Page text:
Right on time for your summer barbecue, Los Straitjackets return with their 12th album of brisk, polished surf rock. Over the decade-plus they’ve been together, the foursome have collaborated with members of Los Lobos, Reverend Horton Heat, and Nick Lowe, perpetually clad in matching black outfits, Chucks, and personalized Lucha Libre masks. Los Straitjackets always bring a canny wit to their professional, reverent surf revivalism, and after several albums of genre exercises and Spanish-only covers, The Further Adventures of Los Straitjackets finds them returning to the traditional West Coast core of their sound.
Even for a back-to-basics album, Further Adventures is pretty basic. Unlike the punky pomo calisthenics of Man or Astro-man?, Los Straitjackets traffic almost exclusively in the time-honored structure of the 12-bar blues. And in the spirit of their forerunners the Ventures, they don’t employ a lot of superfluous instruments. For the most part, that’s okay since their technical facility speaks for itself: You’ll never hear tremolo picking quite so steady or bass runs quite so complimentary. The band’s love of vintage tones comes through in each song’s carefully selected effects. At its best, the synthesis of formula, sound, and some hooky guitar flourishes come together for an old-fashioned hootenanny that’ll put the loogey in your spittoon.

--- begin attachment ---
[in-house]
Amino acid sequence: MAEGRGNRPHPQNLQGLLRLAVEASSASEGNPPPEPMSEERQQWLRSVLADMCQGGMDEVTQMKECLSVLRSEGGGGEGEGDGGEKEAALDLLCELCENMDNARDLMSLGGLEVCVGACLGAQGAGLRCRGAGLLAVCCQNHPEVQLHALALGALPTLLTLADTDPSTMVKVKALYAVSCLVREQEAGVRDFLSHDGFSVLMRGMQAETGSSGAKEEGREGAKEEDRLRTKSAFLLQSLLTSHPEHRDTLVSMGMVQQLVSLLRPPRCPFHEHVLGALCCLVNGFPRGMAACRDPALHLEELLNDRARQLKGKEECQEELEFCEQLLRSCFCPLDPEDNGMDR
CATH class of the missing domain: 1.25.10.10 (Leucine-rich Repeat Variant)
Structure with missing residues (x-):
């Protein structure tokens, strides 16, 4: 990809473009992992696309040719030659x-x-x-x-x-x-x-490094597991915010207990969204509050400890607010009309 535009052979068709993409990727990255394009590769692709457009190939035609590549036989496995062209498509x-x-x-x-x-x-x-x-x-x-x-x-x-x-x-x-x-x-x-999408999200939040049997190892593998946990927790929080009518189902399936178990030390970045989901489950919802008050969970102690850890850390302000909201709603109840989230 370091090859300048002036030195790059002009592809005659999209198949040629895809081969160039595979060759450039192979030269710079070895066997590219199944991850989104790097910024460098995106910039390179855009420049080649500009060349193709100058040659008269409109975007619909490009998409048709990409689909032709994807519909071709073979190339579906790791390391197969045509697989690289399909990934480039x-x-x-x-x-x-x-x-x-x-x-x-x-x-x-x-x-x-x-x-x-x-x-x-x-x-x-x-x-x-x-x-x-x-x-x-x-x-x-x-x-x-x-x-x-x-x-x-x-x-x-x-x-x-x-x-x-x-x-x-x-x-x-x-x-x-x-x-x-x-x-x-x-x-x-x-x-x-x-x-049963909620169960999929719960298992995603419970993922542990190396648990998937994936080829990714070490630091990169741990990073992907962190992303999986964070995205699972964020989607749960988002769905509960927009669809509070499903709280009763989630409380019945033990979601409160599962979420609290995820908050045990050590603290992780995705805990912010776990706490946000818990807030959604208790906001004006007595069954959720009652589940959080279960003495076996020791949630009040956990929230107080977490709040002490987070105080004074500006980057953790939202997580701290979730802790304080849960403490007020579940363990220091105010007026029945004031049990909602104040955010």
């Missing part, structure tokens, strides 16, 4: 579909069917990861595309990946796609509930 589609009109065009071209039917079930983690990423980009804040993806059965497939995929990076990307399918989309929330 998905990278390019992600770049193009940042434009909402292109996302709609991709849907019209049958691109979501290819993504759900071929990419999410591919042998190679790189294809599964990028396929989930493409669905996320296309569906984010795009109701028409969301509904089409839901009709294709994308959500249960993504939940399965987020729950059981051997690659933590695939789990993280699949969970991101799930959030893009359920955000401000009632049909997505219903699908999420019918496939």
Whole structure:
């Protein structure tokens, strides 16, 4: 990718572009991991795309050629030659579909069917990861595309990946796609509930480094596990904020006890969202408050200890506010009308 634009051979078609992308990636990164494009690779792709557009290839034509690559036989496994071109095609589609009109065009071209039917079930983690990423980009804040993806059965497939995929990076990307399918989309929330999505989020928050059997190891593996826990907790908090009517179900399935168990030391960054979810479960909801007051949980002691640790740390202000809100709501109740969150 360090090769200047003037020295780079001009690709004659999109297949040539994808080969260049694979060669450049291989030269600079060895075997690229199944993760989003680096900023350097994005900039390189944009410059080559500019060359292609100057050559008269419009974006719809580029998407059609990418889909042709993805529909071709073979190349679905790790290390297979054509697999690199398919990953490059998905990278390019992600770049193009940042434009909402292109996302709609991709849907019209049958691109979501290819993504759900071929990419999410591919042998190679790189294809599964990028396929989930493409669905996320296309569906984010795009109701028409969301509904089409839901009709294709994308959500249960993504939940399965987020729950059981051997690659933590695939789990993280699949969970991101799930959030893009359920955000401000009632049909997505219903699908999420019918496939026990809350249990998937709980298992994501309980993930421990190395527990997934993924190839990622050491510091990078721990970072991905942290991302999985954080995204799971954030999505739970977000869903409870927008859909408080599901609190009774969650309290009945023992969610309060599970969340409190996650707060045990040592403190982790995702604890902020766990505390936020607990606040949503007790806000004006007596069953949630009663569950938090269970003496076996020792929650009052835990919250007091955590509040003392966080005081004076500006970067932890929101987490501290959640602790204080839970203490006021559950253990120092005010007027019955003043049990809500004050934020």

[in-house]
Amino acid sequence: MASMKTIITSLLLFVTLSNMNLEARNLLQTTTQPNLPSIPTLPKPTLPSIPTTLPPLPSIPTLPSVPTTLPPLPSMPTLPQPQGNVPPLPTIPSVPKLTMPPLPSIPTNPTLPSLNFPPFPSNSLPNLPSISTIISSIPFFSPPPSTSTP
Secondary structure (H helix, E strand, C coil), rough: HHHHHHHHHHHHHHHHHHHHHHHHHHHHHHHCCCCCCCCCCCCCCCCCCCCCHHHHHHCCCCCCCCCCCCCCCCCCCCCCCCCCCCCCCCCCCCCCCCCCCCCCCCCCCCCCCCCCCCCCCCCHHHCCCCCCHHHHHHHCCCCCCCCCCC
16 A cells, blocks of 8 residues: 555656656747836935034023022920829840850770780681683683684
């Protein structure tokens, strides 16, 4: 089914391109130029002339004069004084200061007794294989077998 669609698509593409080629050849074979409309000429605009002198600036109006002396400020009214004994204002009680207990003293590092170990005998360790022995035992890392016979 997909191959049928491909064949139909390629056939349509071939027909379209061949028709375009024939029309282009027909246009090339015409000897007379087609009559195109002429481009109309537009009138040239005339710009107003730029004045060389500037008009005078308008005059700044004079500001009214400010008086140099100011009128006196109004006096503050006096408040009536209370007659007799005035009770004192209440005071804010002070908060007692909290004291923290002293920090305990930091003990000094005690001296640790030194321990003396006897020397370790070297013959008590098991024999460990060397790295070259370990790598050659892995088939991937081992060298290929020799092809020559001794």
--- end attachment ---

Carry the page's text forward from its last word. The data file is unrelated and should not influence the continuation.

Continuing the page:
But this batch of tunes doesn’t quite reach the giddy peaks of The Velvet Touch of Los Straitjackets. It’s clear these guys can churn out surf-by-numbers in their sleep, but the general trend here suggests Ambien-induced songwriting. “Challenger 64” features some lovely, sophisticated chords, but never switches up its dynamics, missing the chance to maximize its melody’s suggestion of cosmic wonder. The minor-key Motown strut of “Minority Report” drops its disguise during a redundantly bluesy bridge; in fact, there’s a lot of redundant pentatonic soloing sprinkled throughout. Sans vocals, a few of the songs simply lack memorable hooks. Fortunately, the boys have a bulging bag of tricks from which to draw: The aptly titled “Kaptain Krunch” ends with a power-chord slug fest reminiscent of the White Stripes, while “Teen Beast” marries cavernously reverbed chords to the famous “Lust for Life” beat, adding syncopated bongos to make it the choicest cut. The solo, composed of intentional bum notes and numb-fingered scratching, actually adds a weird new dimension instead of sounding like a compulsory section.
A couple of years ago, Los Straitjackets toured with go-go girl troupe the World Famous Pontani Sisters, a spectacle that put the band’s campy showmanship on full display. (It’s hard to grouse about their strict adherence to surf formulas when there’s a man in a gorilla suit chasing three pin-up girls in sailor costumes.) A song like this album’s “Tubby” would have been right on the money in that context. Pretty much just elephantine bass, lurid saxophone, and a clomping beat, it’s as playful and scantily clad as one of those go-go girls. It’s a perfect example of the ear-to-ear grins this kind of stuff can induce when it works, when the formula is tweaked in just the right places. Further Adventures is probably not asking for a lot of critical scrutiny; in the 1950s, surf music soundtracked a lifestyle unspoiled by introspection anyway. Now who’s got the beer cooler and burger flipper?